To avoid trial, Palmyra woman pleads no contest to stealing $20,000 from Newport rec center

Posted March 24, 2014, at 8:52 a.m.
Last modified March 25, 2014, at 10:26 a.m.
Jaime Meservey pleaded no contest to stealing more than $20,000 from a community center in Newport at the Penobscot Judicial Center on Monday.
Judy Harrison
Jaime Meservey pleaded no contest to stealing more than $20,000 from a community center in Newport at the Penobscot Judicial Center on Monday.
Jaime Meservey (left) of Palmyra waits with her attorney, Walter McKee of Augusta, to plead no contest to a theft charge Monday at the Penobscot Judicial Center in Bangor.
Judy Harrison
Jaime Meservey (left) of Palmyra waits with her attorney, Walter McKee of Augusta, to plead no contest to a theft charge Monday at the Penobscot Judicial Center in Bangor.

BANGOR, Maine — Rather than go to trial, a Palmyra woman pleaded no contest Monday at the Penobscot Judicial Center in connection with the theft of $20,000 from the Sebasticook Valley Community Center in Newport.

Jaime Meservey, 37, was indicted a year ago on one count of theft by unauthorized taking, a Class B crime. Her jury trial before Superior Court Justice William Anderson was scheduled to begin at 9 a.m.

A no contest plea results in a conviction.

Her plea agreement with the Maine attorney general’s office, which is prosecuting the case, calls for Assistant Attorney General Leanne Robbin to recommend a sentence of two years with all but six months suspended and three years of probation.

Meservey also will be ordered to pay $20,591 in restitution, Robbin said.

Meservey’s attorney, Walter McKee, will be free to argue for a lesser sentence.

Her sentencing is expected to be set in May.

Meservey was convicted of taking cash from the nonprofit, which was contracted by the town of Newport to run its recreation program in the former armory, between November 2008 and January 2010, while she was working there as a part-time bookkeeper, Robbin told Anderson on Monday. Instead of depositing cash generated from beano games and other events, Meservey either deposited it in her own account or kept it.

“She was working on every day the deposits went missing,” the prosecutor said. “Eighteen of the 54 missing deposits, she put in her own account at the same credit union the center used.”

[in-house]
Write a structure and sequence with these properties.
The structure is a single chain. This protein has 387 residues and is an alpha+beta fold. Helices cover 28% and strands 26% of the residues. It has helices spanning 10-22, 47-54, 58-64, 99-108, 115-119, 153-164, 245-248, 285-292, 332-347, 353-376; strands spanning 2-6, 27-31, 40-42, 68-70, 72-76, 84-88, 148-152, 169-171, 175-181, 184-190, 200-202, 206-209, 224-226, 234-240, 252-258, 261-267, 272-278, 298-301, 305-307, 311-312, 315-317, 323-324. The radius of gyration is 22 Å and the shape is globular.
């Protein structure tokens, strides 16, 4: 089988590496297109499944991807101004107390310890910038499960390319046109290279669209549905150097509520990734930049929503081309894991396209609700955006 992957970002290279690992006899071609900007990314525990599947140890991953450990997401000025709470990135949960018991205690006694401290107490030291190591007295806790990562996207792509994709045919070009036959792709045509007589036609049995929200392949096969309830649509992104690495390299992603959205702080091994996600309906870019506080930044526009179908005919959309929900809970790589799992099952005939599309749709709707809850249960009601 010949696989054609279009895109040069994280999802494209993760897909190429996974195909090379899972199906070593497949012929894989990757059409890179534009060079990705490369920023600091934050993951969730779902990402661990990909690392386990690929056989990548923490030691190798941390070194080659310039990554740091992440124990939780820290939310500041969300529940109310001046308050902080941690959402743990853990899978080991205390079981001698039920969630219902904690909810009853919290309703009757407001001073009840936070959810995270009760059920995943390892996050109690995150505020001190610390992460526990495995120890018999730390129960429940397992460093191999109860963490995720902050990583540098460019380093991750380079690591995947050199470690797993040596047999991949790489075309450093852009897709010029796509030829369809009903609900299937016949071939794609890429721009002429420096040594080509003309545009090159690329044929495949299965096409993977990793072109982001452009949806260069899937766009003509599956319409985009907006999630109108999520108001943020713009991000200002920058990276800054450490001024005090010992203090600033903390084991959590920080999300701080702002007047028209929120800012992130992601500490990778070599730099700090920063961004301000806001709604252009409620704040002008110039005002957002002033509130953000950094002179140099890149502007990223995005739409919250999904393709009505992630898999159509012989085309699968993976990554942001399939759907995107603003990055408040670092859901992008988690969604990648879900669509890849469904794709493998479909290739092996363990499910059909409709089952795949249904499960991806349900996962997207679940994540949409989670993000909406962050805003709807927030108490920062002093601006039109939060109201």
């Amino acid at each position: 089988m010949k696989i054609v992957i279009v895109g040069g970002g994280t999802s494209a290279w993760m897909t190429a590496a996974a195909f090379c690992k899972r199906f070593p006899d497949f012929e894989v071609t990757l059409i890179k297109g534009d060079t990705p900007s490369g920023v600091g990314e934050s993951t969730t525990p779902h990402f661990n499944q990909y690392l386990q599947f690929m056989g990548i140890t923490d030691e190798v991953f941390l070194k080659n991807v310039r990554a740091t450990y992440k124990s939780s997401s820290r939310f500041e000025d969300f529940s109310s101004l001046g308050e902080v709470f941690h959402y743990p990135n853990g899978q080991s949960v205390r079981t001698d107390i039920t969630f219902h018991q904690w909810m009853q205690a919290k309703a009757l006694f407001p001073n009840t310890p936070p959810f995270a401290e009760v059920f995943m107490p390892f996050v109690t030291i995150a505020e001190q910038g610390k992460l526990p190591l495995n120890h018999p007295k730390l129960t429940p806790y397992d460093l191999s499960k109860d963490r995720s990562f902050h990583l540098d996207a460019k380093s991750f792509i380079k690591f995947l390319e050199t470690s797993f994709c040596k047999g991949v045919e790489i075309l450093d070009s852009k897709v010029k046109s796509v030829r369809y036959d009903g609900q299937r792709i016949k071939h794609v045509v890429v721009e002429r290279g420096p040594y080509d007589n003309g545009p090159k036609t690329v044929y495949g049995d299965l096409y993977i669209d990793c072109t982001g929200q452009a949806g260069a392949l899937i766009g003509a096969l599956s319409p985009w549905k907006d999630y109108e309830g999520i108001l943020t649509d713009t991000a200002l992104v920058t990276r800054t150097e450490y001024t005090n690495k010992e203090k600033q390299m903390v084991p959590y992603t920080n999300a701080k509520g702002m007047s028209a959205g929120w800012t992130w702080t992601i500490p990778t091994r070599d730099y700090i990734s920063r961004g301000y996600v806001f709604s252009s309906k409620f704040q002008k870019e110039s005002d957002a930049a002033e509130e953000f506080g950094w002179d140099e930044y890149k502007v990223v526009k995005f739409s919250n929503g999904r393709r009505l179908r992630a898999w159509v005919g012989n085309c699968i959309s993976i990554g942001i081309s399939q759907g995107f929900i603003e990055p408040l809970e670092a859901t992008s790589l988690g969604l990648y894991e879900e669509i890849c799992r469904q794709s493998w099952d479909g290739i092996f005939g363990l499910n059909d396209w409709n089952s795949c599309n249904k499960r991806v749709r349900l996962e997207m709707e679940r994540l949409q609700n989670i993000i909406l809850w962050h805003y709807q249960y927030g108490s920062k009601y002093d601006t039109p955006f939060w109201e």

On one occasion, a woman on the center’s board won $2,500 at beano and donated the money to the center, Robbin said after the hearing ended.

“She donated it back to the center, but Ms. Meservey didn’t deposit it,” the prosecutor said. “The defendant also used money she’d stolen from the center to pay for her children to participate in summer programs at the center.”

Board members discovered the theft after a couple of checks bounced, Robbin said. The financial information prepared by Meservey reported there was $15,000 in the credit union accounts when there was only $2,500.

Defense attorney McKee said his client decided to enter a plea to the charge because she risked a more significant sentence if she had gone to trial and been found guilty.

“If we had proceeded to trial, the evidence would have shown that there was significant financial disarray at the center well before Jaime Meservey ever got there,” he said. “Jaime Meservey was the one left holding the bag.”

Pam Newcomb, chairwoman of the center’s board, attended Monday’s hearing but declined to comment on Meservey’s no contest plea. Newcomb said she would speak for the board at sentencing.

“We really appreciate all the work done on this case by Newport Police Chief [Leonard] Macdaid and the attorney general’s office,” she said. “We would never have gotten this far at all without all their hard work.”

As a result of the theft, the town ended its relationship with the nonprofit and began running its own recreation program in the former armory, now called the Newport Recreation Center, according to Newcomb. The SVCC still exists as a nonprofit but is no longer offering any programs.

Meservey remains free on $500 bail.

Class B crimes are punishable by up to 10 years in prison and fines of up to $20,000.

CORRECTION:

An earlier version of this story reported that Jaime Meservey was to plead guilty. She is pleading no contest.

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